Annual Message to Congress, December 3, 1924


President Coolidge’s first Annual Message to Congress delivered the previous year, December 6, 1923

President Coolidge would open his second Annual Message to Congress by assessing the pervasive destruction of unsound economics, declaring,

          The fallacy of the claim that the costs of government are borne by the rich and those who make a direct contribution to the National Treasury can not be too often exposed. No system has been devised, I do not think any system could be devised, under which any person living in this country could escape being affected by the cost of our government. It has a direct effect both upon the rate and the purchasing power of wages. It is felt in the price of those prime necessities of existence, food, clothing, fuel and shelter. It would appear to be elementary that the more the Government expends the more it must require every producer to contribute out of his production to the Public Treasury, and the less he will have for his own benefit. The continuing costs of public administration can be met in only one way — by the work of the people. The higher they become, the more the people must work for the Government. The less they are, the more the people can work for themselves.

To restore the proper ownership of what people earn was what drove Coolidge and Mellon to insist upon Congress cutting rates across the board, fighting to eliminate penalties like the estate tax and genuinely reducing expenditures (remember this was before baseline budgeting). While the Revenue Act of 1924 retained the tax on estates (to Coolidge’s disappointment), it would continue the decrease of rates from 58 to 46% at the top and down to 1.125% at the bottom. For Coolidge, tax and expenditure reduction was a moral obligation. Higher and higher rates bore inescapable costs on everyone. Though the Federal minimum wage would not arrive until 1933 ($0.25/hr), it (like all taxes on what is earned) only harm everyone, employer and employee, rich and poor alike, shackling the future to government spending habits. Higher rates, as they had become in Coolidge’s lifetime, were an avoidable source of division for what should be a United States. As President Coolidge knew all too well, feeding class warfare as the basis for tax policy would only spread suffering and prevent the return of economic health.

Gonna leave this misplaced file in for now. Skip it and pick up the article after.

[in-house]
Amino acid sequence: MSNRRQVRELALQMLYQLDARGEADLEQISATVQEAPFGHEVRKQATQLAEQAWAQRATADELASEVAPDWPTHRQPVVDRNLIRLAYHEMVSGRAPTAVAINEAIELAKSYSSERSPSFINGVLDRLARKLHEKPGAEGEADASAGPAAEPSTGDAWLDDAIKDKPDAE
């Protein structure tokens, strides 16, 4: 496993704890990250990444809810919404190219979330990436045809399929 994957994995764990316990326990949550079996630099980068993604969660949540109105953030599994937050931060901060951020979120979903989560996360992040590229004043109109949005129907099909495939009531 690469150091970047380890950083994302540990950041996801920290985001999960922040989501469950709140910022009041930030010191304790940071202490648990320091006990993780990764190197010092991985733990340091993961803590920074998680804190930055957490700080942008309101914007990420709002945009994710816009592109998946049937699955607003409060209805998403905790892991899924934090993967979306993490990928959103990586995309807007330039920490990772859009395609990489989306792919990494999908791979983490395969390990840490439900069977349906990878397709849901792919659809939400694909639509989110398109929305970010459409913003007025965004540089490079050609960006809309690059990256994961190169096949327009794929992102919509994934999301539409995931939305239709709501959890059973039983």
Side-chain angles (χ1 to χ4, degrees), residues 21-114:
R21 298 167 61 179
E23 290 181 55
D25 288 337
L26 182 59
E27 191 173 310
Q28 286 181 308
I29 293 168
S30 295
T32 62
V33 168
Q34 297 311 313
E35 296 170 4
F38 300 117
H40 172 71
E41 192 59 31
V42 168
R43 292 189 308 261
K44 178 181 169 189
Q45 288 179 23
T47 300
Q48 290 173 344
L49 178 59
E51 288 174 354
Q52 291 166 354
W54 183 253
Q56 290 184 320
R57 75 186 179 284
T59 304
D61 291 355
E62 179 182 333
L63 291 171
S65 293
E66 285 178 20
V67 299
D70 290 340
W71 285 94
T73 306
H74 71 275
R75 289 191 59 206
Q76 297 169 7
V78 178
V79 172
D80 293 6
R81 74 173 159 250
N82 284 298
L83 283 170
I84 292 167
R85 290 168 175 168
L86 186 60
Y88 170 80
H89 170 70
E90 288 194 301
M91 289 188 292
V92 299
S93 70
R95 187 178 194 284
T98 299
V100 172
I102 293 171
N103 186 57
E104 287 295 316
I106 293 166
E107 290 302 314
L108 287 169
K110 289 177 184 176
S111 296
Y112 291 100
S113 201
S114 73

On Taxation